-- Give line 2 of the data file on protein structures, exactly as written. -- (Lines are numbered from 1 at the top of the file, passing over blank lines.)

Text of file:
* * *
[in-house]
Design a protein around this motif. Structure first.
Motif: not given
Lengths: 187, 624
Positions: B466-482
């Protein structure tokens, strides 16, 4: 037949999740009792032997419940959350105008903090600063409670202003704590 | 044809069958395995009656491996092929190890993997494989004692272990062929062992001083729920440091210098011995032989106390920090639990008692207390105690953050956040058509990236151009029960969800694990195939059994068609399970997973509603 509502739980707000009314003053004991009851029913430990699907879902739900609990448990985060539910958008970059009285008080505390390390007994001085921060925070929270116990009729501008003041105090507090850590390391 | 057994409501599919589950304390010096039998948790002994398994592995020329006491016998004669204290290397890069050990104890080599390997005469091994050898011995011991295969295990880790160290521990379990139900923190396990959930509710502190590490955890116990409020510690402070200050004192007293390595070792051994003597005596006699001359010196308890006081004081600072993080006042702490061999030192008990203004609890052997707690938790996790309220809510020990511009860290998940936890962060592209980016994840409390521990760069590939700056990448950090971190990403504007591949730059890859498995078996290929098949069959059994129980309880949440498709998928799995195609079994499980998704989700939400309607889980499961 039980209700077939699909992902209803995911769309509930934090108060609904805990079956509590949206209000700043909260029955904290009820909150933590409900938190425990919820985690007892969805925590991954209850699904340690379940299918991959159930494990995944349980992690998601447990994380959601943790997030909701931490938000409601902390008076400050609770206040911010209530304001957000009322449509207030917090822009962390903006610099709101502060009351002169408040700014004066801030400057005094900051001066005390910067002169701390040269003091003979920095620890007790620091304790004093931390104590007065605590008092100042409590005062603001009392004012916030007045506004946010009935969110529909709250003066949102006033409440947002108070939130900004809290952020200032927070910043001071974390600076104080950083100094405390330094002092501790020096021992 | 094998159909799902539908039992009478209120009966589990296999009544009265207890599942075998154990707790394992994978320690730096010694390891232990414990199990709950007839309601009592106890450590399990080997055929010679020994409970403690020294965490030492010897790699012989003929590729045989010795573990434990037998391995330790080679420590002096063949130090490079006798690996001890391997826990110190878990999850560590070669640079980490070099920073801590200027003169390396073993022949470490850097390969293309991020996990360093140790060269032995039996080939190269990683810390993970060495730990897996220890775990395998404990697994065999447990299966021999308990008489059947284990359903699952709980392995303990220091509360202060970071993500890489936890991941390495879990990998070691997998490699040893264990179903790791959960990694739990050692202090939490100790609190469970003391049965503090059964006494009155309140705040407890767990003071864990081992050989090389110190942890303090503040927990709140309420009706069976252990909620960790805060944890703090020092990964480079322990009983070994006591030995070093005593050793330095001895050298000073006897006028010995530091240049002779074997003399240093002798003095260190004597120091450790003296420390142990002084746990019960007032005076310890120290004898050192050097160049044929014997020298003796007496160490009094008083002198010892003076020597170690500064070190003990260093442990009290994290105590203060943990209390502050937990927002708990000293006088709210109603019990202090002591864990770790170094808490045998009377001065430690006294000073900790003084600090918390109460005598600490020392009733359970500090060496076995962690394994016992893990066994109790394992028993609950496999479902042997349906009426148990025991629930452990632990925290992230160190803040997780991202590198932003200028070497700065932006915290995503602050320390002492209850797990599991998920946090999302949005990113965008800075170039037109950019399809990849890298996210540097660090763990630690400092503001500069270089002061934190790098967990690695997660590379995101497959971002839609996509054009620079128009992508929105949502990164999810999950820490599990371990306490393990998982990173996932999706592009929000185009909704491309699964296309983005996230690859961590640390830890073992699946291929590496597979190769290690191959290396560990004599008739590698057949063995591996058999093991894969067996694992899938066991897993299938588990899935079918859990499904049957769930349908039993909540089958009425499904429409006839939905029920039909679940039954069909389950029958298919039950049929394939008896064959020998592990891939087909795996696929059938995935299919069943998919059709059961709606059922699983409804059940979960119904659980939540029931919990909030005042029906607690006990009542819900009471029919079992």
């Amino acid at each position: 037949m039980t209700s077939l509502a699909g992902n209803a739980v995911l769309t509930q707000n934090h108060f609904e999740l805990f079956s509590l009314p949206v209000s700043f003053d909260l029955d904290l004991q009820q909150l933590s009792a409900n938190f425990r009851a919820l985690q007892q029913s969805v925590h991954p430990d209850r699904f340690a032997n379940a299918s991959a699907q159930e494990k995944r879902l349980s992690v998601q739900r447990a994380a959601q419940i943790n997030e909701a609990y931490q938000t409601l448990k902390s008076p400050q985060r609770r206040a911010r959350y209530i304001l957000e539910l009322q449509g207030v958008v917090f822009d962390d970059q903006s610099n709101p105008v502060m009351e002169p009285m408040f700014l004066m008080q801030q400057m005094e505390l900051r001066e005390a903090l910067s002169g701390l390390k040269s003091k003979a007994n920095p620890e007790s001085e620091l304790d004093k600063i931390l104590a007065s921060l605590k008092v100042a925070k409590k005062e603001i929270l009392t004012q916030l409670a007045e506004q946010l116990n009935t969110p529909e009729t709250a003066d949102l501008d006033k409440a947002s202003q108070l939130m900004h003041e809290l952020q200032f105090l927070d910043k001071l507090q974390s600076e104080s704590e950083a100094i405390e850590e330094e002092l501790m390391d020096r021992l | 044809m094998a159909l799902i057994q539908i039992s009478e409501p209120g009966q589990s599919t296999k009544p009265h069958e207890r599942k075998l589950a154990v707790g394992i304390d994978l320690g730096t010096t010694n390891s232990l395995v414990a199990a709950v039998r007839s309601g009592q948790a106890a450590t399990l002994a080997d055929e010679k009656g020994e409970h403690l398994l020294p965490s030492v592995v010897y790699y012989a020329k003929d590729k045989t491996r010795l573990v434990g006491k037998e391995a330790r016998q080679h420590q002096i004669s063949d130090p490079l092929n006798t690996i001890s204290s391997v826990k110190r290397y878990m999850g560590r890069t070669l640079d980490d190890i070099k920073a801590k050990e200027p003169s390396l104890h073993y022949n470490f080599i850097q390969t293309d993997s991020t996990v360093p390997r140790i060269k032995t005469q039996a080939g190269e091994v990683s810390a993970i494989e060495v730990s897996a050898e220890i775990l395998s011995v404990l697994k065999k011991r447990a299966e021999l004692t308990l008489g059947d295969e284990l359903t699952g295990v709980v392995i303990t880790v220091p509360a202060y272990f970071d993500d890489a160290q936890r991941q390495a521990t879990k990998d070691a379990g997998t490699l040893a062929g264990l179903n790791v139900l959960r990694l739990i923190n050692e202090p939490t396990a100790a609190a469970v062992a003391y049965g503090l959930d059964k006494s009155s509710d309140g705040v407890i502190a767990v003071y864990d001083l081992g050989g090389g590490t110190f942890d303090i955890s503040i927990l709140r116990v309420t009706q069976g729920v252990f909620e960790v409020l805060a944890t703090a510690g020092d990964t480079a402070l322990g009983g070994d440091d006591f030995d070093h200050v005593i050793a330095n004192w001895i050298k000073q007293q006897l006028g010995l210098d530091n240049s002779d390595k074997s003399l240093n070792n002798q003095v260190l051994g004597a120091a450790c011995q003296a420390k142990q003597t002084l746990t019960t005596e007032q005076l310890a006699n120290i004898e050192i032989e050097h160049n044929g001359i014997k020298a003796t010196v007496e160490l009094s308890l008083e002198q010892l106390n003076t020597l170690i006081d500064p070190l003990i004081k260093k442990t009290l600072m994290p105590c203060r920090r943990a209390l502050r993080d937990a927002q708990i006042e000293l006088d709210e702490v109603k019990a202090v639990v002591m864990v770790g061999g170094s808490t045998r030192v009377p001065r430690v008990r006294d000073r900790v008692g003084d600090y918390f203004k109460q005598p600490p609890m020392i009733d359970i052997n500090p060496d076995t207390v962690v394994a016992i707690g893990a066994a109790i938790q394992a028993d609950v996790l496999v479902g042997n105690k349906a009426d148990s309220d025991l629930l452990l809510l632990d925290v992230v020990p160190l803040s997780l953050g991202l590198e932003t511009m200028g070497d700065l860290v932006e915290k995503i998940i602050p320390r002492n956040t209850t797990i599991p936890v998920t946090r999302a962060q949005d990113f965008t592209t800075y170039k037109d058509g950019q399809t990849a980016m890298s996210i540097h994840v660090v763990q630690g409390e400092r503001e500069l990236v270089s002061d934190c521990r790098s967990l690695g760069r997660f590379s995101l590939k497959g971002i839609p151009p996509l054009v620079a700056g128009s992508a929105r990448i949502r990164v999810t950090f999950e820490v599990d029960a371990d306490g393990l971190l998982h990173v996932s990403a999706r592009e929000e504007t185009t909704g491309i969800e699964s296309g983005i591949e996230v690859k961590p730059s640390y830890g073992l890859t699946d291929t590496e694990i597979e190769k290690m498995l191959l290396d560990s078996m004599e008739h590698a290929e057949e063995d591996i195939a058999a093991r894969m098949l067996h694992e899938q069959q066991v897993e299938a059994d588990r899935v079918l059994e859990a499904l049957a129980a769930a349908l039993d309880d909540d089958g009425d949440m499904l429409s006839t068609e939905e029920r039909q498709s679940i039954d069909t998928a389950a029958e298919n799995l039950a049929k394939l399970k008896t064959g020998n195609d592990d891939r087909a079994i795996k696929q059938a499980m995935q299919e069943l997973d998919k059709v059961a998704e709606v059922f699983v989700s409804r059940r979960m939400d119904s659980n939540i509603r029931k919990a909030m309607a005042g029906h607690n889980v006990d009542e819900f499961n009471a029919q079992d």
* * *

Design a protein around this motif. Structure first.